|July 22, 2014|
Previously published on July 17, 2014
On June 23, 2014, the United States Supreme Court issued its decision in Halliburton Co., et al. v. Erica P. John Fund, Inc., No. 13-317 (2014). The Supreme Court vacated and remanded the decision of the 5th Circuit U.S. Court of Appeals and did not part from its 1988 decision in Basic Inc. v. Levinson, 485 U.S. 224 (1988). In Basic, the Supreme Court established a presumption of reliance for securities fraud claims at the class certification stage where there is evidence of a lack of price impact. In doing so, the Supreme Court rejected Halliburton’s invitation to either overturn the Basic presumption of reliance for securities fraud claims, or require securities class action plaintiffs prove price impact at the class certification stage. However, the Supreme Court agreed with Halliburton that defendants should be permitted to provide evidence of the lack of price impact at the class certification stage, rather than holding off such proof until procedural advancement to the merits stage of a trial.
Halliburton was sued under Section 10(b) and Rule 10b-5 of the Securities Exchange Act of 1934, as amended, by the Erica P. John Fund, Inc. (the “Fund”) which alleged that Halliburton made several misrepresentations about certain liabilities, expected revenue, and the benefits of a merger, which it attempted to correct through a number of subsequent disclosures. When the Fund sought to certify a class, the Federal District Court concluded that, although the class had satisfied all of the requirements of Federal Rule of Civil Procedure 23(a), the Fund did not prove “loss causation” in order to invoke the presumption of reliance, as required by precedent established by the Fifth Circuit. Price impact, the Supreme Court noted, is “Basic’s fundamental premise” and “has everything to do with the issue of predominance at the class certification stage.” Given the choice “between limiting the price impact inquiry before class certification to indirect evidence, or allowing consideration of direct evidence as well . . . we see no reason to artificially limit the inquiry at the class certification stage to indirect evidence of price impact.”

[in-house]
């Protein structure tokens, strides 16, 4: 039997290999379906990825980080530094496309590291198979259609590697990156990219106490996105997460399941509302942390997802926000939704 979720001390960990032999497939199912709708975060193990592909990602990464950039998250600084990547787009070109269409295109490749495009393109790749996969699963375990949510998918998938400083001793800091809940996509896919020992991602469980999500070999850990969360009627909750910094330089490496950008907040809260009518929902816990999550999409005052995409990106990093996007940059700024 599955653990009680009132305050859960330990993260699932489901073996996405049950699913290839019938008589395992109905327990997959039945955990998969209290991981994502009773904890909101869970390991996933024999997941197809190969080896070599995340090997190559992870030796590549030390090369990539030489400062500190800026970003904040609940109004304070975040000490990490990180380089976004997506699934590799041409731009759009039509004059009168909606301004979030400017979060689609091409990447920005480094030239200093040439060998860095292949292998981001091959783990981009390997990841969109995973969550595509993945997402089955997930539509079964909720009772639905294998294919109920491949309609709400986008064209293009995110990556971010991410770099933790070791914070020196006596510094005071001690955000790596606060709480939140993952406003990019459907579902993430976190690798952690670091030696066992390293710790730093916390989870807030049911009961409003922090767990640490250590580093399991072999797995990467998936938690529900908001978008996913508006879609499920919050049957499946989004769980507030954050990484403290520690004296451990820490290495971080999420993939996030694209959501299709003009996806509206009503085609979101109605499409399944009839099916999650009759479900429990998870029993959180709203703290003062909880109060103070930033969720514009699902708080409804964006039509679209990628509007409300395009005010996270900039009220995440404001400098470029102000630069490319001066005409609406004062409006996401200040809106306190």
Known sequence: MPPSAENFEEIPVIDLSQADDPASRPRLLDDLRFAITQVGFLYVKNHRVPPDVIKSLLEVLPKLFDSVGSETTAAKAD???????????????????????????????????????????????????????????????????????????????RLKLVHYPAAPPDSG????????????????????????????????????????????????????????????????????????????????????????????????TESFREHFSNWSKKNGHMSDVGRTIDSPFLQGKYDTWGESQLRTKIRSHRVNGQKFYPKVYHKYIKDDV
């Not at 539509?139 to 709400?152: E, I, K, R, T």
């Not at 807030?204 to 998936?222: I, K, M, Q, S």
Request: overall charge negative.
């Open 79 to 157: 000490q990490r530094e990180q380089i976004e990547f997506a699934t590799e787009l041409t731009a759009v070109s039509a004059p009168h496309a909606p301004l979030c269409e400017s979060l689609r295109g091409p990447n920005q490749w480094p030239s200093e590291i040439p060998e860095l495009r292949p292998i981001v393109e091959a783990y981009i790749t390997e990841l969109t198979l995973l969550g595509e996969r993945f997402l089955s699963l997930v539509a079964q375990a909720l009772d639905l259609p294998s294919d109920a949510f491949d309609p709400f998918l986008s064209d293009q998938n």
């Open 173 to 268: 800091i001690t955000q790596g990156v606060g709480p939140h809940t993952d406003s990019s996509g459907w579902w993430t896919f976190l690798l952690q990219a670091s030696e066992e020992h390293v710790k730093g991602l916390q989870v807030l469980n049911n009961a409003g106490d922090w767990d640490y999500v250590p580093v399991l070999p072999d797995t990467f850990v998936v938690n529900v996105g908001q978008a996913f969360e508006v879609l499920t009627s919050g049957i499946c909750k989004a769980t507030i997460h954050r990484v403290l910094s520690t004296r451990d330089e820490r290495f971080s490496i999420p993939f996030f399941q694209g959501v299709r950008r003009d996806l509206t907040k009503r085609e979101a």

This decision does not drastically change the securities litigation landscape for those frequent targets of securities class actions. However, the decision makes consistent in the Fifth and Seventh Circuits, what was already permitted in the Second and Third Circuits, that defendants may rebut the presumption of reliance at the class certification stage by demonstrating that the alleged misrepresentation did not distort the market price. Previously, the Fifth and Seventh Circuits held that price impact may not be considered at the class certification stage.